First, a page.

I use Blue Coral silver polish for the highly polished aluminum (top rails on my Tracker). They shine like mirrors but stain easily.

                  The more often you clean the boat as described, the easier it is to maintain("easier" being relative).

                  If anyone has a better, but non-toxic method, I'm listening. I don't want to have to be fully clothed, with protective eyewear and rubber gloves!!!

                  Comment



                  • #10
                    Re: aluminum boat cleaning

                    Keep in mind that most bare aluminum boat hulls are factory anodized and using any abrasive polish will remove that protective layer thus requiring constant maintenance after that point.
                    Most painted hulls are powder coated. Powder coated aluminum can withstand a lot more than bare aluminum. On several of mine, I used automotive wheel cleaners for painted rims, it won't hurt paint yet it's strong enough to cut cedar water stains. The only other alternative is elbow grease of polishing compound and often a long neglected finish will be stained throughout.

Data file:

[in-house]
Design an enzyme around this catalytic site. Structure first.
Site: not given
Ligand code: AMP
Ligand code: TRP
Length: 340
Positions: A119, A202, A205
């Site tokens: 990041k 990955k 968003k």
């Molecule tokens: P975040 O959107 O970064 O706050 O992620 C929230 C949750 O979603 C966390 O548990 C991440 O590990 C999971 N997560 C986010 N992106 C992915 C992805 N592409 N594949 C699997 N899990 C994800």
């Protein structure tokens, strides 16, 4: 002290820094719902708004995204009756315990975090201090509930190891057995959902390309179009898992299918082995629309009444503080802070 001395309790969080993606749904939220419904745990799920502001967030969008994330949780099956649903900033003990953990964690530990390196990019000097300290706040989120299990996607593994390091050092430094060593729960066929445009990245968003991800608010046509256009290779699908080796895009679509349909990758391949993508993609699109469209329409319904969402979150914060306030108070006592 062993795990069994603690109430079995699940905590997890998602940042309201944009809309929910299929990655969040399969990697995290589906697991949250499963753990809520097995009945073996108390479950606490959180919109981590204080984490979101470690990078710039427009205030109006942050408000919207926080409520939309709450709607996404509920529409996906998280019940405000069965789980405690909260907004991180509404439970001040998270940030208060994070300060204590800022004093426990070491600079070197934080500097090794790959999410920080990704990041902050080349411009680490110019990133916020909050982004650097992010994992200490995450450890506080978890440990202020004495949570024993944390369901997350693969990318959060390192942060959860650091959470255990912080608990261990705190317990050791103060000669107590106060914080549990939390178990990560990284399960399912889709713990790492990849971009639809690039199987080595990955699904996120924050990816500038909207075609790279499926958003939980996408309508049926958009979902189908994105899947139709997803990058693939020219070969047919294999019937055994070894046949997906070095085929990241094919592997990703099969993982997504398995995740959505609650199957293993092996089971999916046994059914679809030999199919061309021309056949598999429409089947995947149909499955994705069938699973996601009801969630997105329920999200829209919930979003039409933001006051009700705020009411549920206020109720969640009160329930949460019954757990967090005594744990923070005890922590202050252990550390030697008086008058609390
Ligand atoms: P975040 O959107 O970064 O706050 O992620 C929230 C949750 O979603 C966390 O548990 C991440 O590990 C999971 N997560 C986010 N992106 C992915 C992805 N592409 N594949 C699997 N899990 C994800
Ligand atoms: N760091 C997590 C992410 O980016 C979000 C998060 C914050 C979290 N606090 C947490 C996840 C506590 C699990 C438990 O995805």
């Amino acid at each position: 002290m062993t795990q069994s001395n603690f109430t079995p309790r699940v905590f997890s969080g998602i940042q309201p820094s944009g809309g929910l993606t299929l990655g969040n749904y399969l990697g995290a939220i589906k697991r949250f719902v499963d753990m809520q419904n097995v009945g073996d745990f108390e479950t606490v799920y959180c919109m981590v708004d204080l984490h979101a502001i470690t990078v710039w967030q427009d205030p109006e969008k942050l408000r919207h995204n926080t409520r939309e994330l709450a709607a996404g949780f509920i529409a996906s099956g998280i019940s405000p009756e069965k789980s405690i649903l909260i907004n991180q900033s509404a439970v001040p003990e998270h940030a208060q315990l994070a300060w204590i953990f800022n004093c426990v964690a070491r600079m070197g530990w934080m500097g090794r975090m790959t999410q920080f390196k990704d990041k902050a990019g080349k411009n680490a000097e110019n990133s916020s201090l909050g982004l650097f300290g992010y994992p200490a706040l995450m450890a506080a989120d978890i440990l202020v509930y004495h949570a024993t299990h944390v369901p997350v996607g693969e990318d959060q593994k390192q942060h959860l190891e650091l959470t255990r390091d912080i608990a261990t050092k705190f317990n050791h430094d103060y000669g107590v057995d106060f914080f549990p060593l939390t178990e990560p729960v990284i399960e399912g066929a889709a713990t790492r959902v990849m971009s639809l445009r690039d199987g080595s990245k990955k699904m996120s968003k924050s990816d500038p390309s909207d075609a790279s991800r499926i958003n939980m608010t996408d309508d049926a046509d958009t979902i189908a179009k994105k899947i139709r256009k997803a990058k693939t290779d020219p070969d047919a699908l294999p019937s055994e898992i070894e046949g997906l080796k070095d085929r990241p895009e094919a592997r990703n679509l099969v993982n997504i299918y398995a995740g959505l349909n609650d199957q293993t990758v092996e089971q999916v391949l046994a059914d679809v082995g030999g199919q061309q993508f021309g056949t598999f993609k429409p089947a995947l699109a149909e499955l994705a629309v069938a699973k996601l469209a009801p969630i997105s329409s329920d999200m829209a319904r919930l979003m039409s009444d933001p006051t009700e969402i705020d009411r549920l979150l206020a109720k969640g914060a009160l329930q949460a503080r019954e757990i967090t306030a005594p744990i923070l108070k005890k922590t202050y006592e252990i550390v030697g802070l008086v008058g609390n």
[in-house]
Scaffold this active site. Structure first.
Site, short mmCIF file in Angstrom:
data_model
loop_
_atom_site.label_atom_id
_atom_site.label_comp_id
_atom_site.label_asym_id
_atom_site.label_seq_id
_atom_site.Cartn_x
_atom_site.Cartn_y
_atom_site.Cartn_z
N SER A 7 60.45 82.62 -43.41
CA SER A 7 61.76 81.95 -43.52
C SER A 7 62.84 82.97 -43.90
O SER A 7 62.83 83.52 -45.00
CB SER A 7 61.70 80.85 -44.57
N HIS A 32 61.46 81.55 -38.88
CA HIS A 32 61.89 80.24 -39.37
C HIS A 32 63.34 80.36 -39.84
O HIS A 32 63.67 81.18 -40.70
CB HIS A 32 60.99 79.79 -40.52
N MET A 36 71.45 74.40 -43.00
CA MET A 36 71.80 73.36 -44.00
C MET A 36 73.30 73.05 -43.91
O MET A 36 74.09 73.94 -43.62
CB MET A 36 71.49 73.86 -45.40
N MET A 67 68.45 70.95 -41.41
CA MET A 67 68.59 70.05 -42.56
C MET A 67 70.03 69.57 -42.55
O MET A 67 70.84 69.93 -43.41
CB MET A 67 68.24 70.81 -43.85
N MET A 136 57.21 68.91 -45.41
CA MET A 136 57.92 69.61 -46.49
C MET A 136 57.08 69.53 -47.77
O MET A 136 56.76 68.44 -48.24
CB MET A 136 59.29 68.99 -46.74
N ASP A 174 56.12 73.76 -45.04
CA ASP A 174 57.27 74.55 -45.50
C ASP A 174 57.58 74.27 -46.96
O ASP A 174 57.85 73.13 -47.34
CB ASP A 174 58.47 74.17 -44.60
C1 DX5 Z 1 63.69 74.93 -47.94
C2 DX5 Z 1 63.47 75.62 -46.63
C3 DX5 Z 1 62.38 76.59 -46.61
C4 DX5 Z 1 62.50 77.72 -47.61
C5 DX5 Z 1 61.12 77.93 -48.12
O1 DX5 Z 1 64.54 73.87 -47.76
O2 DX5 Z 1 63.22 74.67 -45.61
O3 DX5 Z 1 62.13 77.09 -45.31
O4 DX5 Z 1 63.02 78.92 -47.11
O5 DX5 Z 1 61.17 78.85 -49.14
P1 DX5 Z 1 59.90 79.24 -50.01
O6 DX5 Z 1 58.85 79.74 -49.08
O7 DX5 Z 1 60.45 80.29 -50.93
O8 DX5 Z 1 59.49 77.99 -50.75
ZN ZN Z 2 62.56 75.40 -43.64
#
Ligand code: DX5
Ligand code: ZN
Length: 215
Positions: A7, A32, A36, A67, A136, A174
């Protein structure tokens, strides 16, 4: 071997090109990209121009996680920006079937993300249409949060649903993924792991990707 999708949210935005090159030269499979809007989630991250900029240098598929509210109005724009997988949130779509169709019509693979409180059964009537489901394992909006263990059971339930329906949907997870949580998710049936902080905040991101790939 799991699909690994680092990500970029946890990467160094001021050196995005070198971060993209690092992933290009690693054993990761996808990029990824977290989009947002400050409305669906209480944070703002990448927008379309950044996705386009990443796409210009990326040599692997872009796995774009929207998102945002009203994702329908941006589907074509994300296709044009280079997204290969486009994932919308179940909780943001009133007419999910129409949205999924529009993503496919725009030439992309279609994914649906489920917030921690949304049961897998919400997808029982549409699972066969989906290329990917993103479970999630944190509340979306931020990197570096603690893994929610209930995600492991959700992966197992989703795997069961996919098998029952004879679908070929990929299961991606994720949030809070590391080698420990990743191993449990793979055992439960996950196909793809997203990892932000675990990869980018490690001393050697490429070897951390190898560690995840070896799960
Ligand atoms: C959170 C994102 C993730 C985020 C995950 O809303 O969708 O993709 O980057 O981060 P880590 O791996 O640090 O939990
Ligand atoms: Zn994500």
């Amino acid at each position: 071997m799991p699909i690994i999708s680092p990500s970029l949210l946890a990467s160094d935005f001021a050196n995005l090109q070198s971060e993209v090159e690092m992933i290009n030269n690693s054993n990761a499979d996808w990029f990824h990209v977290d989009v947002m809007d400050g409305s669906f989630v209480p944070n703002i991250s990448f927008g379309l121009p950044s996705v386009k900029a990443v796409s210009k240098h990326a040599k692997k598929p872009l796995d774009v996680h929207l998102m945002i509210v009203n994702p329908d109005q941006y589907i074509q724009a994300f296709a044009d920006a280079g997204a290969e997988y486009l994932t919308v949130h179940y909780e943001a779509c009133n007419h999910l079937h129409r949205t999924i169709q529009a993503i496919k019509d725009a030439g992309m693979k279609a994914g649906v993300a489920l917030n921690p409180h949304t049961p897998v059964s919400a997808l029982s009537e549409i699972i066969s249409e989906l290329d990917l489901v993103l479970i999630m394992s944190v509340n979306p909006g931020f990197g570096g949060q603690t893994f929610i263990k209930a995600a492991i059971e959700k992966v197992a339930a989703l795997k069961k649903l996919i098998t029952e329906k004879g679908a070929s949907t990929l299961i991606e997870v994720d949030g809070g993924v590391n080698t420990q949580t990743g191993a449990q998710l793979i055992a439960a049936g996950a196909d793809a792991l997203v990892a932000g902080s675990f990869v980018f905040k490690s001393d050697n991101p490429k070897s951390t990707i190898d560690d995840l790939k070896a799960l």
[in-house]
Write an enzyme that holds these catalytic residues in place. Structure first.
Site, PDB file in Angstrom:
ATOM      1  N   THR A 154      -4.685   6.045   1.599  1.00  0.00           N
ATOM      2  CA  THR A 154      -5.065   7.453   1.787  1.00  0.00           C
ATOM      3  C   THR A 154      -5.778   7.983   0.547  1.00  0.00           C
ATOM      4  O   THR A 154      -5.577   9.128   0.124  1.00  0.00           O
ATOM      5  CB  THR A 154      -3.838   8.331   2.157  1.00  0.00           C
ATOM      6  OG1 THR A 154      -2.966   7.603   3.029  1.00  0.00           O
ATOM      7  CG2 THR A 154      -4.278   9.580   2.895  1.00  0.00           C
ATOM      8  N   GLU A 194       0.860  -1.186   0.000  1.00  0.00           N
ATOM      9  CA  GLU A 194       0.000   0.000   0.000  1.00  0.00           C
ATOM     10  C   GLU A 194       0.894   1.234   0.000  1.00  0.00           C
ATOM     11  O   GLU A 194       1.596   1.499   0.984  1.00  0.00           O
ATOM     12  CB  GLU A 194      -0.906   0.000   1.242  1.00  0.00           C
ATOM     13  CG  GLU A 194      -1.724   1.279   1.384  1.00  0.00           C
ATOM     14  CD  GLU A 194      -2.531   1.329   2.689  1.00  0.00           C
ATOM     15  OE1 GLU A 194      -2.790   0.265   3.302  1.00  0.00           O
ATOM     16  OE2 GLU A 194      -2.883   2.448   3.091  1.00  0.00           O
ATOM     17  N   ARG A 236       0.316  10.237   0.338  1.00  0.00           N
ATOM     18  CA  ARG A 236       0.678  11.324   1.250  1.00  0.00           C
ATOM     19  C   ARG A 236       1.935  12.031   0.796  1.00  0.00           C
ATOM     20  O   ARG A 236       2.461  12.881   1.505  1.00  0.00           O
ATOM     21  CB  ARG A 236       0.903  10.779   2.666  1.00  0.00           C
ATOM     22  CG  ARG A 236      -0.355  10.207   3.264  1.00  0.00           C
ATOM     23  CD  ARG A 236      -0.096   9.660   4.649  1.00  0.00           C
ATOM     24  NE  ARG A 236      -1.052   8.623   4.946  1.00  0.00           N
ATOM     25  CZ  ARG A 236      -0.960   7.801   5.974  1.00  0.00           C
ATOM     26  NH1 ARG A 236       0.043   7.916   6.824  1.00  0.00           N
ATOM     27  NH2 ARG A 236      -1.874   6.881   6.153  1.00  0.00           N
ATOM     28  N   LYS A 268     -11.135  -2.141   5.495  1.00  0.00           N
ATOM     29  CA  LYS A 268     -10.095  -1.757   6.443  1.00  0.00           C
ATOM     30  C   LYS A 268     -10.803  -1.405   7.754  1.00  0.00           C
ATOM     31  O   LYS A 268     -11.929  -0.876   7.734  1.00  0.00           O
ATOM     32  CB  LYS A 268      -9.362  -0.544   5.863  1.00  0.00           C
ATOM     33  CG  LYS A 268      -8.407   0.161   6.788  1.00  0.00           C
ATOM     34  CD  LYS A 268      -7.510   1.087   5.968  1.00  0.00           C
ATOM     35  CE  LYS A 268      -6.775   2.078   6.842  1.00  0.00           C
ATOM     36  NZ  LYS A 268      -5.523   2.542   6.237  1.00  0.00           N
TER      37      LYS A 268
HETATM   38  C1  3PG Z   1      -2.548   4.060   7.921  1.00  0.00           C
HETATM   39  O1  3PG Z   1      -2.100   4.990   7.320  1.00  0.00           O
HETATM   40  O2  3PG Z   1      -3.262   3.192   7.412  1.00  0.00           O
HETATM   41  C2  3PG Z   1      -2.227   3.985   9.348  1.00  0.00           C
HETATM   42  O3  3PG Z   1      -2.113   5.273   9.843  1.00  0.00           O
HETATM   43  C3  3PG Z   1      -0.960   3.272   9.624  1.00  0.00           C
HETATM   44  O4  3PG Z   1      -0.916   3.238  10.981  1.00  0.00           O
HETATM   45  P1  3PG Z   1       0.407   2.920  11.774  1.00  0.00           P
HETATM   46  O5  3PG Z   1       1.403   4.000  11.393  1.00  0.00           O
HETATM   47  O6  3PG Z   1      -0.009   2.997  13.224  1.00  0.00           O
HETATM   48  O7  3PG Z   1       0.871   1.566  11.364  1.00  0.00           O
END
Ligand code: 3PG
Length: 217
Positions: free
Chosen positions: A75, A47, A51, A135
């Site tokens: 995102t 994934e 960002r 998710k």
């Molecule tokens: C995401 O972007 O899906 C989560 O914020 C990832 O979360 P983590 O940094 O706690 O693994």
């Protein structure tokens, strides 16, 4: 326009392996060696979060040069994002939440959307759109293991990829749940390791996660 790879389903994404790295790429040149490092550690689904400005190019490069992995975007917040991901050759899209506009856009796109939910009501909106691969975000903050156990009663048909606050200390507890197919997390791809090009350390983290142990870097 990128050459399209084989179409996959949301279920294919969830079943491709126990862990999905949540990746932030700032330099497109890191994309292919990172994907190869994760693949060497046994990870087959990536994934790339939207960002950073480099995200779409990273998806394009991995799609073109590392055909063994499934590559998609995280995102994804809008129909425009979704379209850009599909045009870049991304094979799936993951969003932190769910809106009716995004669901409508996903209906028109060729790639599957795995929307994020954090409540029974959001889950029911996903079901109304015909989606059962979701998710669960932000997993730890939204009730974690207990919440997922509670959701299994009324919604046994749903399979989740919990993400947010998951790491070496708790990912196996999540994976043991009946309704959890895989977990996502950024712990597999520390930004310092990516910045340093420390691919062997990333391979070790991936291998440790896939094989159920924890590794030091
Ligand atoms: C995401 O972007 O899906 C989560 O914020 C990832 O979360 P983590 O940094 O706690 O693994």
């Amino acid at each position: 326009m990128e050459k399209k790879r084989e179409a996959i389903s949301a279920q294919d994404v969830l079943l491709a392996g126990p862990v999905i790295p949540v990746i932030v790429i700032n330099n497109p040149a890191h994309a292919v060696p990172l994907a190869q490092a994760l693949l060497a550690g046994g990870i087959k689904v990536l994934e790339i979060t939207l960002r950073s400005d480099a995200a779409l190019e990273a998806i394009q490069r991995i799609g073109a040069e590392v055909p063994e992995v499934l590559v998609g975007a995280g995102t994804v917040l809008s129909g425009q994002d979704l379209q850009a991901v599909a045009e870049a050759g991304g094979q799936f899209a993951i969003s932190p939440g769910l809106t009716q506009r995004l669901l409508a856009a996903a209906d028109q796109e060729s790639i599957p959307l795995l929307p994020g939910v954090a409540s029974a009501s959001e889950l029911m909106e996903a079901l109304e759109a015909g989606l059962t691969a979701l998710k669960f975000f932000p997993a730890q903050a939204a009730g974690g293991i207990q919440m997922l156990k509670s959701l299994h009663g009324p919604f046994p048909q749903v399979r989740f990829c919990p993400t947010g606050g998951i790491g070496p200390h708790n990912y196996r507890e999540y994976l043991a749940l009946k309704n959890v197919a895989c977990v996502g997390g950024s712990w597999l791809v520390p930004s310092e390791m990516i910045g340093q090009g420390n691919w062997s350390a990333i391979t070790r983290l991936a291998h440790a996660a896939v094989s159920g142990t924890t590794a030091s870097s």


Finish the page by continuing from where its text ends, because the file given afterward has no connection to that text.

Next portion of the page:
Some wheel cleaners are semi safe on anodized aluminum, but I'd be cautious and not let it sit and soak for long.
                    I have also had some luck using several bathroom type cleaners, but read the warnings, some will eat aluminum. CLR and likes do wonders on water stains but they do so with an acid base. Several brands now make a metal only version that is safe for aluminum and other metals. I've used CLR Metal on several boats with good results.